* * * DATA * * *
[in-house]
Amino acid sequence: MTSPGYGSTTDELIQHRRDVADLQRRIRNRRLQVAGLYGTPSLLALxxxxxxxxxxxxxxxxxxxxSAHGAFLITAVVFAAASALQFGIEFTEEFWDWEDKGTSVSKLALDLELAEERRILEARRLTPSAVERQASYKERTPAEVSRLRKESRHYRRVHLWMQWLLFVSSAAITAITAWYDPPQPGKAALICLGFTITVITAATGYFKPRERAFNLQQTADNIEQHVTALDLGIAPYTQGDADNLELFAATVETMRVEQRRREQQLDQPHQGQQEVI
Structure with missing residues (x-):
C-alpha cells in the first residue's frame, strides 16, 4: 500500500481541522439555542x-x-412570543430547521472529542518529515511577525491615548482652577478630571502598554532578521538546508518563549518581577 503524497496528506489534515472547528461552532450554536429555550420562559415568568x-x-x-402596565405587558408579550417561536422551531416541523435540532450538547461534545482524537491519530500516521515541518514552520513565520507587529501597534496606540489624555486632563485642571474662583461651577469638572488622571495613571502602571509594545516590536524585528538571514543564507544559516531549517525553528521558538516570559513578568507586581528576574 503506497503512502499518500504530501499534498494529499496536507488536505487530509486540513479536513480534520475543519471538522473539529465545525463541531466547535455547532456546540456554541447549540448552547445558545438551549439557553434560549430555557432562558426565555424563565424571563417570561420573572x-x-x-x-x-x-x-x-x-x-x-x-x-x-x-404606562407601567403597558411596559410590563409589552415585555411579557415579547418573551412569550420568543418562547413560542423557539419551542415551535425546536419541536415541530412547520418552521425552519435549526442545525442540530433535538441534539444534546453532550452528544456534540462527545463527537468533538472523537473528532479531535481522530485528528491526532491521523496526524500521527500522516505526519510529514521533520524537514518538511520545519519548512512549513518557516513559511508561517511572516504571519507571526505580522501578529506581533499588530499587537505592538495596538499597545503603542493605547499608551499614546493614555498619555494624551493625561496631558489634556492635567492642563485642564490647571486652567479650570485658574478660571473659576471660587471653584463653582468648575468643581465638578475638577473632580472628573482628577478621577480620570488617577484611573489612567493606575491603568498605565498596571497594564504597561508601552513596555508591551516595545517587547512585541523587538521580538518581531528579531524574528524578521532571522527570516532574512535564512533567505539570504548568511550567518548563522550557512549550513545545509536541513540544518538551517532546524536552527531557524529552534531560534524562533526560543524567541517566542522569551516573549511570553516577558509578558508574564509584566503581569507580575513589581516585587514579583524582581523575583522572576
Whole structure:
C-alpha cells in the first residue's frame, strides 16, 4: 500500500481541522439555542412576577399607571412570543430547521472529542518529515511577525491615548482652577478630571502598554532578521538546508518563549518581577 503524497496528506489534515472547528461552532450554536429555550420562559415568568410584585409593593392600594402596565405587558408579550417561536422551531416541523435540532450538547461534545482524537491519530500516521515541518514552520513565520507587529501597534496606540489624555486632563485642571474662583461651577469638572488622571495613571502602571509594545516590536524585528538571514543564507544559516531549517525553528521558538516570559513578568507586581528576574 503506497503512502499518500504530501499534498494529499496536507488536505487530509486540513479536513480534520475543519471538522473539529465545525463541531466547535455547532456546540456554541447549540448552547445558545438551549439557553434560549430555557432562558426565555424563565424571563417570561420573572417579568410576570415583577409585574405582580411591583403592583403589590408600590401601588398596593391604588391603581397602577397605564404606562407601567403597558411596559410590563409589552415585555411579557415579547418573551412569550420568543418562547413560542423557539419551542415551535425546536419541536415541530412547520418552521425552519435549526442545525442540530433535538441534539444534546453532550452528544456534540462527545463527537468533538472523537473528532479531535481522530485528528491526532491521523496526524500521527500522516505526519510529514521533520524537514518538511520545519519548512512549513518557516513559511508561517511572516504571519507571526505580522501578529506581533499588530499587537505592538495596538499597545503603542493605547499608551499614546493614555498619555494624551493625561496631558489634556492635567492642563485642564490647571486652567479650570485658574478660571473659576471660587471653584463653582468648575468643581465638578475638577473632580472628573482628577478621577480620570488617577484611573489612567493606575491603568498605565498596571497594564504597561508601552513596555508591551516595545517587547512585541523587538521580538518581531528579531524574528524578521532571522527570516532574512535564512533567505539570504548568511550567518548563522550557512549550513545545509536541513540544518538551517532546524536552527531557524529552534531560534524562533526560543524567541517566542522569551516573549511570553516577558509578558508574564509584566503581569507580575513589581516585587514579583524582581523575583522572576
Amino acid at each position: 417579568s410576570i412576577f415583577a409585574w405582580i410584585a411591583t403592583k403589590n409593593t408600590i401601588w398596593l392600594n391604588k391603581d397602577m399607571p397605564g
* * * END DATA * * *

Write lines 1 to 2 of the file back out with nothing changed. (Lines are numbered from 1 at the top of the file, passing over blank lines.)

[in-house]
Amino acid sequence: MTSPGYGSTTDELIQHRRDVADLQRRIRNRRLQVAGLYGTPSLLALxxxxxxxxxxxxxxxxxxxxSAHGAFLITAVVFAAASALQFGIEFTEEFWDWEDKGTSVSKLALDLELAEERRILEARRLTPSAVERQASYKERTPAEVSRLRKESRHYRRVHLWMQWLLFVSSAAITAITAWYDPPQPGKAALICLGFTITVITAATGYFKPRERAFNLQQTADNIEQHVTALDLGIAPYTQGDADNLELFAATVETMRVEQRRREQQLDQPHQGQQEVI